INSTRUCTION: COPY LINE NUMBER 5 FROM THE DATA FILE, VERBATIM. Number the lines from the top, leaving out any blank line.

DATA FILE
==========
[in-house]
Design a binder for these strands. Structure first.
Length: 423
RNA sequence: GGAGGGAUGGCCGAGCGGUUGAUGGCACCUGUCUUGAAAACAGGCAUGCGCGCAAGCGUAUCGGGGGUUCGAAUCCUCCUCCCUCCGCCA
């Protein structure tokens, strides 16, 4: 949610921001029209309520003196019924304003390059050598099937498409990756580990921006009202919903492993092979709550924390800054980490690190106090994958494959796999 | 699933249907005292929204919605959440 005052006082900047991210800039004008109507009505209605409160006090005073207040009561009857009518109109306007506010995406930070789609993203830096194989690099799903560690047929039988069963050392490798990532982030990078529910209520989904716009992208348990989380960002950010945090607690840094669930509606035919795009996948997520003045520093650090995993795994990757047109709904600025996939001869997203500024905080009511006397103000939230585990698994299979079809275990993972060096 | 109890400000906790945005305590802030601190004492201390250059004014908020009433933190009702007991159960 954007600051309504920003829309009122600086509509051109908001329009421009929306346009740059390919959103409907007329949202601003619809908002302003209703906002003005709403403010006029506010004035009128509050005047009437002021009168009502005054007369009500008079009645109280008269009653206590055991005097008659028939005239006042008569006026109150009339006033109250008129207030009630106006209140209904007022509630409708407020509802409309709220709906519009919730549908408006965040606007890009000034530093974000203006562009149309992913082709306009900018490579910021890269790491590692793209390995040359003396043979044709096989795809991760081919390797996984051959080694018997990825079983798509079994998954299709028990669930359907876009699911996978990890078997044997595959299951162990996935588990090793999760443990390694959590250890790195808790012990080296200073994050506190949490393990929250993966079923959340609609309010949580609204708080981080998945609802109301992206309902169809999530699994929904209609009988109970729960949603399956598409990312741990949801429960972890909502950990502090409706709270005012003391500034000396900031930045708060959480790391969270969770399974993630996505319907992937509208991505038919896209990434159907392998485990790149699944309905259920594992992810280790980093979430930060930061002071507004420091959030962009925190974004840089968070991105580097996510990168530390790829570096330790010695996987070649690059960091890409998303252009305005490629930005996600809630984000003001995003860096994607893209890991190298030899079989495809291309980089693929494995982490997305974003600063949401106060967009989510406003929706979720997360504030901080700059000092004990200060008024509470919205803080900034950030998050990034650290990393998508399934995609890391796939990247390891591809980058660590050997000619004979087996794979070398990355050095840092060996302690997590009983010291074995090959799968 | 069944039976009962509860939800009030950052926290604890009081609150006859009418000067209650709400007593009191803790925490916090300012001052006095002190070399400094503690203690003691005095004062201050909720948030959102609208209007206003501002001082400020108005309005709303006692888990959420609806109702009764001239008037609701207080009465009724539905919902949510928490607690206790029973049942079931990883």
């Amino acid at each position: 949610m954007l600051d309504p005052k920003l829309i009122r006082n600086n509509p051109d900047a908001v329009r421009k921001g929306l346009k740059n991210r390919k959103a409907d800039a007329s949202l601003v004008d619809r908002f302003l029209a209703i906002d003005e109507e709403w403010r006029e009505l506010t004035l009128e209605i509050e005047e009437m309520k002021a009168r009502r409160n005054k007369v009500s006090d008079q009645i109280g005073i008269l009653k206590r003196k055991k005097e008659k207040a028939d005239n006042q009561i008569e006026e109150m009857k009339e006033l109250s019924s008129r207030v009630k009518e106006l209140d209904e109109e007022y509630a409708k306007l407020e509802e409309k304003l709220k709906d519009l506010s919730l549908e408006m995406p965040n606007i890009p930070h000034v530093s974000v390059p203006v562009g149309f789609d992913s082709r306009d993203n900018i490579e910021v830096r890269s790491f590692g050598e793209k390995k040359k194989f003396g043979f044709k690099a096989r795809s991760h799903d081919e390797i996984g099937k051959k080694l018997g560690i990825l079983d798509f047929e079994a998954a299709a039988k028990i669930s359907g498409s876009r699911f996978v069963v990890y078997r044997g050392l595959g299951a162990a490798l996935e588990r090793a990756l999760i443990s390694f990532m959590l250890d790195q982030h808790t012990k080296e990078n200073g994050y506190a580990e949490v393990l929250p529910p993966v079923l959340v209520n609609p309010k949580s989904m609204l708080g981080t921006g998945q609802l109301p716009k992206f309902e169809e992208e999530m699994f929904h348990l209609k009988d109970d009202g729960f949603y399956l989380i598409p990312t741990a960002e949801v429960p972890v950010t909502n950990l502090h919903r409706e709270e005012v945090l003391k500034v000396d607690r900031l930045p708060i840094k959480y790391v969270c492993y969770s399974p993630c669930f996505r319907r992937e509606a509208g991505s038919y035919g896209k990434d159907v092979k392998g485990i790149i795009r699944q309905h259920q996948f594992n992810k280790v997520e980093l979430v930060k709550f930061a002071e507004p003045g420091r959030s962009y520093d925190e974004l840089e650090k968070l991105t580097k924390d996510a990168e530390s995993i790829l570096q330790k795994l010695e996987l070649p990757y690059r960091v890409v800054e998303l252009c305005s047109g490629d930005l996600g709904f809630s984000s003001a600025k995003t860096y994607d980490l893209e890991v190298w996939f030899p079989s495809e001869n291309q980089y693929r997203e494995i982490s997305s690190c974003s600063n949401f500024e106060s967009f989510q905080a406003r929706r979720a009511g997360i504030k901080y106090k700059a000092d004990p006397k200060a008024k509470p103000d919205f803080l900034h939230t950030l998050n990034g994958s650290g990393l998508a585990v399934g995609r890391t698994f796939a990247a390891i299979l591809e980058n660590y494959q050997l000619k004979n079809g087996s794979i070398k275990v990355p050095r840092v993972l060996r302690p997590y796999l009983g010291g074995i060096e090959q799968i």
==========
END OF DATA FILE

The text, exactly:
């Protein structure tokens, strides 16, 4: 949610921001029209309520003196019924304003390059050598099937498409990756580990921006009202919903492993092979709550924390800054980490690190106090994958494959796999 | 699933249907005292929204919605959440 005052006082900047991210800039004008109507009505209605409160006090005073207040009561009857009518109109306007506010995406930070789609993203830096194989690099799903560690047929039988069963050392490798990532982030990078529910209520989904716009992208348990989380960002950010945090607690840094669930509606035919795009996948997520003045520093650090995993795994990757047109709904600025996939001869997203500024905080009511006397103000939230585990698994299979079809275990993972060096 | 109890400000906790945005305590802030601190004492201390250059004014908020009433933190009702007991159960 954007600051309504920003829309009122600086509509051109908001329009421009929306346009740059390919959103409907007329949202601003619809908002302003209703906002003005709403403010006029506010004035009128509050005047009437002021009168009502005054007369009500008079009645109280008269009653206590055991005097008659028939005239006042008569006026109150009339006033109250008129207030009630106006209140209904007022509630409708407020509802409309709220709906519009919730549908408006965040606007890009000034530093974000203006562009149309992913082709306009900018490579910021890269790491590692793209390995040359003396043979044709096989795809991760081919390797996984051959080694018997990825079983798509079994998954299709028990669930359907876009699911996978990890078997044997595959299951162990996935588990090793999760443990390694959590250890790195808790012990080296200073994050506190949490393990929250993966079923959340609609309010949580609204708080981080998945609802109301992206309902169809999530699994929904209609009988109970729960949603399956598409990312741990949801429960972890909502950990502090409706709270005012003391500034000396900031930045708060959480790391969270969770399974993630996505319907992937509208991505038919896209990434159907392998485990790149699944309905259920594992992810280790980093979430930060930061002071507004420091959030962009925190974004840089968070991105580097996510990168530390790829570096330790010695996987070649690059960091890409998303252009305005490629930005996600809630984000003001995003860096994607893209890991190298030899079989495809291309980089693929494995982490997305974003600063949401106060967009989510406003929706979720997360504030901080700059000092004990200060008024509470919205803080900034950030998050990034650290990393998508399934995609890391796939990247390891591809980058660590050997000619004979087996794979070398990355050095840092060996302690997590009983010291074995090959799968 | 069944039976009962509860939800009030950052926290604890009081609150006859009418000067209650709400007593009191803790925490916090300012001052006095002190070399400094503690203690003691005095004062201050909720948030959102609208209007206003501002001082400020108005309005709303006692888990959420609806109702009764001239008037609701207080009465009724539905919902949510928490607690206790029973049942079931990883």